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My introduction to trad climbing

July 20, 2015

My partner has been asking me to go to Frog with him since he first started climbing there, and most of these times I said I would, only to change my mind on the morning of. After many months of this pattern I finally kept my promise, and on one cold morning I got out of bed with him, put on my jacket and headed out to Frog with him- much to the surprise of his Trad climbing friends who, as they drove past us in the parking lot, quite literally pointed at me with a look of utter shock on their faces.


I’m not quite sure why I had kept procrastinating on the trad climbing experience. I think it just boiled down to being scared, and thinking I’m just not a strong enough climber physically and mentally to consider trad at this stage. My first time out there I tried to face climb everything- I used ridiculously small crimps rather than a perfectly suitable crack to awkwardly make my way up the climb, much to the amusement of my partner. My most recent trip out (my second venture out there) I swore to myself I would try to do things properly, and tied into the bottom of Shit Heap (14) with the intention of jamming my way up that beautiful short crack…. At least I had the best intentions at heart… I didn’t make it a foot of the ground. I would position my hand in the crack, thumb down and tucked in, hand twisted to really jam it in there, and I will awkwardly twist my ankle to position the tip of my foot in the crack, ready to pull up. I felt like I was doing things correctly, but it just wasn’t working for me. For one, it hurt! And I’m still under the mentality that if something hurts its wrong. But as I voiced that to my partner above (I was seconding up) he laughed, as did a random climber on the route next to me who cheerfully explained from a few metres above “if it hurts you’re doing it right”. Not only that though, I just couldn’t keep my hands in the jamming position, they would slide out as soon as I pulled myself up and went to jam with the other hand. And while I couldn’t get my hands to stay in place, I was having the exact opposite problem with my feet, which were stuck in the spot I squeezed them into. So after many failed attempts I resorted to the good ole’ lay back technique. Yes I’m a filthy cheat.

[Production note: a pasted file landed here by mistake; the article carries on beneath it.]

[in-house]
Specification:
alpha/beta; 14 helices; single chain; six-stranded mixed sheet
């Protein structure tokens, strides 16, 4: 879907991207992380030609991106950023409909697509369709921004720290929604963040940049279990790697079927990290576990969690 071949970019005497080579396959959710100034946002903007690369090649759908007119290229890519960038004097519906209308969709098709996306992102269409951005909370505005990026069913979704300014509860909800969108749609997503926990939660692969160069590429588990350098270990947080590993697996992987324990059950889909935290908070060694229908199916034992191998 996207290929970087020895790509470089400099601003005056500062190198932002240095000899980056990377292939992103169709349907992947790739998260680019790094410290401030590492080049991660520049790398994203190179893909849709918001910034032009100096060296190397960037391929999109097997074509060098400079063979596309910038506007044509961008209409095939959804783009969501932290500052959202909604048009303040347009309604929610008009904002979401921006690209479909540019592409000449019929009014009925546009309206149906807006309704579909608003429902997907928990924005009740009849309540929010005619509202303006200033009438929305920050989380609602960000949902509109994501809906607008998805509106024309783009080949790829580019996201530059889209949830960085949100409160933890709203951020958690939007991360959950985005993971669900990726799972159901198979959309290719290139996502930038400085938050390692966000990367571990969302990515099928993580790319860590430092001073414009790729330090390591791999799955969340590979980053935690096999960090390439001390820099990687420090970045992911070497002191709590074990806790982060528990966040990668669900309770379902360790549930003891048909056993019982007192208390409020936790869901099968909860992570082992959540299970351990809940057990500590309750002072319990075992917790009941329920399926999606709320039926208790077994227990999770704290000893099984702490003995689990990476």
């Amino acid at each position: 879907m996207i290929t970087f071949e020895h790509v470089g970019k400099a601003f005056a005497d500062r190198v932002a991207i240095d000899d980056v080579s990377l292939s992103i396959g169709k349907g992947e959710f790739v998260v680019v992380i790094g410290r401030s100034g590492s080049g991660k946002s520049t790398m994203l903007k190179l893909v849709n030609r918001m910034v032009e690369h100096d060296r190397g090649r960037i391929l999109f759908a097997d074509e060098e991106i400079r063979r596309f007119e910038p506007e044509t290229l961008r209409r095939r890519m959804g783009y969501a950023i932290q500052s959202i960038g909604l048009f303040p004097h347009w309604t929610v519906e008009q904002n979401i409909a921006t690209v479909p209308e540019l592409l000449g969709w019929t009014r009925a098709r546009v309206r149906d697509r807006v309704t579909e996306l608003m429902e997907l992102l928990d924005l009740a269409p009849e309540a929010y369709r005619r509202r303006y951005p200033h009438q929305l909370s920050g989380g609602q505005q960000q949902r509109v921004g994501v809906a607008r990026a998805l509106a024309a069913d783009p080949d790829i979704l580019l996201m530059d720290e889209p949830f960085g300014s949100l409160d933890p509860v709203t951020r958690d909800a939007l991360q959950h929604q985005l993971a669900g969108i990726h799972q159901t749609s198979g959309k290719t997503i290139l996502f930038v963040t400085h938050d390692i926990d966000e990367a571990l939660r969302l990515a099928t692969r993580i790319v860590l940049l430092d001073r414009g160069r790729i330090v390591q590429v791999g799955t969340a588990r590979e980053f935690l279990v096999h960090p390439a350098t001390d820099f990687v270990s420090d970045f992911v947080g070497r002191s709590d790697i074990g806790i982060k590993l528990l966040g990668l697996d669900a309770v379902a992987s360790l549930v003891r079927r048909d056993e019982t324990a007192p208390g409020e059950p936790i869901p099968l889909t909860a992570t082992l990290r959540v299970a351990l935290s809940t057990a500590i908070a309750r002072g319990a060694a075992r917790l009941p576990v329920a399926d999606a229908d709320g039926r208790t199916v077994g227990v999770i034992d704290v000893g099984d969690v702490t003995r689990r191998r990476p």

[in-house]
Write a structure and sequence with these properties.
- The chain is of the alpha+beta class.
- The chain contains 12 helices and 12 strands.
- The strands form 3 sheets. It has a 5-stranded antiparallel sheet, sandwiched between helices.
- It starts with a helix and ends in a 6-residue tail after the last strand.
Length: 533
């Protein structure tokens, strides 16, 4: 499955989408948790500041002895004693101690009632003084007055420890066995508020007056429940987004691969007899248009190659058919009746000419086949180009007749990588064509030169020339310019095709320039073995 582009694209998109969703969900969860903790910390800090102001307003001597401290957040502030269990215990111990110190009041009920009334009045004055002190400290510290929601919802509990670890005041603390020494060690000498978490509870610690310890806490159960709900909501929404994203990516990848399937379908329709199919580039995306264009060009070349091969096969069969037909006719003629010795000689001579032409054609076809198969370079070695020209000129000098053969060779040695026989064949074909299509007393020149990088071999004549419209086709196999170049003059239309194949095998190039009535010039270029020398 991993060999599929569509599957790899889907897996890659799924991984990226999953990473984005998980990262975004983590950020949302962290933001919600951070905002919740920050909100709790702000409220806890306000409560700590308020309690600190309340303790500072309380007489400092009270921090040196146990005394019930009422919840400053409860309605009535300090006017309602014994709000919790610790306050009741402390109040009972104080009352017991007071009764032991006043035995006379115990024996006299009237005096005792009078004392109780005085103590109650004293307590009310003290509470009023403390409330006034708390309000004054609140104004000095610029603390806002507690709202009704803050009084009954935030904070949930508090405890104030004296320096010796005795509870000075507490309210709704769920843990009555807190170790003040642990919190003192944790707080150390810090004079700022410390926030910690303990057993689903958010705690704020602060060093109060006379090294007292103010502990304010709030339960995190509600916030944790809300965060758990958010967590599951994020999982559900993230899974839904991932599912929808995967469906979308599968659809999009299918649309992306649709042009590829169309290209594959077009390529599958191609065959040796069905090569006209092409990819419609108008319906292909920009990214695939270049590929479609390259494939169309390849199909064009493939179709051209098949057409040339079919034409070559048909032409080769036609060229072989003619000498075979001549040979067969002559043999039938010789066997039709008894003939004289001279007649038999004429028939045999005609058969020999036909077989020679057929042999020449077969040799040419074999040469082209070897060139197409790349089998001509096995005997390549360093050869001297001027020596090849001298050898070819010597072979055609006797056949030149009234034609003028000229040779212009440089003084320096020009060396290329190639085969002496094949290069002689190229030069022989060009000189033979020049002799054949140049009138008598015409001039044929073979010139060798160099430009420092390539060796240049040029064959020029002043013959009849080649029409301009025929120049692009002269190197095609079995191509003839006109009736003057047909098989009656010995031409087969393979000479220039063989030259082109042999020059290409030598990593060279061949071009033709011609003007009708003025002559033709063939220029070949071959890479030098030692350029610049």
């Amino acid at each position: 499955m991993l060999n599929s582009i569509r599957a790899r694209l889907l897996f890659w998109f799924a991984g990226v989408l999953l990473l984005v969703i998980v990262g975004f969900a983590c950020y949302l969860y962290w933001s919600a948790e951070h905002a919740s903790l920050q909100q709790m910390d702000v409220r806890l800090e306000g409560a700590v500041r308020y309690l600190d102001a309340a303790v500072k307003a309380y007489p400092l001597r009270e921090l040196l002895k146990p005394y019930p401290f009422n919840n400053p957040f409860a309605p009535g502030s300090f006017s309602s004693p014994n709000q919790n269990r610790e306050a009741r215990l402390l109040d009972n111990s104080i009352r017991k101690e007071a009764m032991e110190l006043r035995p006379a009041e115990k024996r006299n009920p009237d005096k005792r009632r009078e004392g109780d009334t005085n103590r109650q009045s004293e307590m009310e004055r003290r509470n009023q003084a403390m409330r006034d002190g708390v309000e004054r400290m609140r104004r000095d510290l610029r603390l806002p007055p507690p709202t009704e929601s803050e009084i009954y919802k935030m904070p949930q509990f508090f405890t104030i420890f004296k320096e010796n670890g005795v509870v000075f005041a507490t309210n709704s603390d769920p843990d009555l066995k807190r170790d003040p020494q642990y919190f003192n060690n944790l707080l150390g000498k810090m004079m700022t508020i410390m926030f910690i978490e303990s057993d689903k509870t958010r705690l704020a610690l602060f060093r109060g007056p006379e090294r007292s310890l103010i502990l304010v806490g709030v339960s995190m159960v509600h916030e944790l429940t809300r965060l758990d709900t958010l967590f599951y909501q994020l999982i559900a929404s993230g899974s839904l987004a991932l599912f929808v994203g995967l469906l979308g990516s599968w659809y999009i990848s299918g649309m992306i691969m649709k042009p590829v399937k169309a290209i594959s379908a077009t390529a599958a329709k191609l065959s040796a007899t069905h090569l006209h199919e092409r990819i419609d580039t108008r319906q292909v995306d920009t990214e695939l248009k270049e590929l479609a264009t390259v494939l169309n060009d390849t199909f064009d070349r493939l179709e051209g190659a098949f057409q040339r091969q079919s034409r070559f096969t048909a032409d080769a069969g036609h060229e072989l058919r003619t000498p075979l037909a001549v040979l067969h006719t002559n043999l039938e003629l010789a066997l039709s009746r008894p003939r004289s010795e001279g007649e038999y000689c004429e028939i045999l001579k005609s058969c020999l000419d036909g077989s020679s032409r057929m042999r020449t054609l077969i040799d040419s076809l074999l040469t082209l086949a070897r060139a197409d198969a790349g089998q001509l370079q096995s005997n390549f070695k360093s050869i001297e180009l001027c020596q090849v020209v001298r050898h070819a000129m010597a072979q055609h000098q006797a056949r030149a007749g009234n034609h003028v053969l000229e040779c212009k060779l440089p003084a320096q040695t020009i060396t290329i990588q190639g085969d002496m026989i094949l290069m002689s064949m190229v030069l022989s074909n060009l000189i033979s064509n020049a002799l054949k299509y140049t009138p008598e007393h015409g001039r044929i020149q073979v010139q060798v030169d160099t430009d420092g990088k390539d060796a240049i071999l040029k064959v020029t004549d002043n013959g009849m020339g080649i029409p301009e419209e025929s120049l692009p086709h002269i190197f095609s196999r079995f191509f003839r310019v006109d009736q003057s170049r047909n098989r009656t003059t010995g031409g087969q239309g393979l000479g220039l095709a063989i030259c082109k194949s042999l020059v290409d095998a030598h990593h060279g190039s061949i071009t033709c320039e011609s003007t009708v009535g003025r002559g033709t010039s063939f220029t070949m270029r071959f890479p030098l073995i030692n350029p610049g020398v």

I also had a go on Iron Butterfly, a 28m grade 15, again just second up it collecting the gear. This scared the shit out of me towards the top. I was just a couple metres from the top but pumped after struggling to collect the gear (something else that I will need to get used to over time). I needed to sit, but was scared of doing so as I am used to lovely solid anchors/bolts, so the knowledge that I needed to trust a “solid tree belay” which was in fact a tiny twig pushed my mind into a state of panic (another thing I need to add to the “will get used to” list- natural belay stations). I was proud of myself though, as I recovered quickly from this mini panic. The last time I had a cry on the wall it was a full scale breakdown in which I hyperventilated through sobs and froze on the wall (it was a slightly different scenario then though, a lead climb, above my bolt, in which I was too scared to let go of the wall but not being able to climb up or down climb). Since that horrible incident though I have been perfecting my “calm your shit women” routine. It involves me breathing calmly and deeply, telling myself everything’s fine, and with a nod (I think its symbolic or something, like with the gesture I am certain I am over it) I go for the next move. It also helped me a lot having the reassuring face of my partner looking down at me from a couple metres above telling me I was doing awesome.

One day I will get my head space right, and I won’t get into a panic that brings on tears, but until then I can be happy with the knowledge that I’m getting better.


“Thinking will not overcome fear, but action will”

                                                -W. Clement Stone

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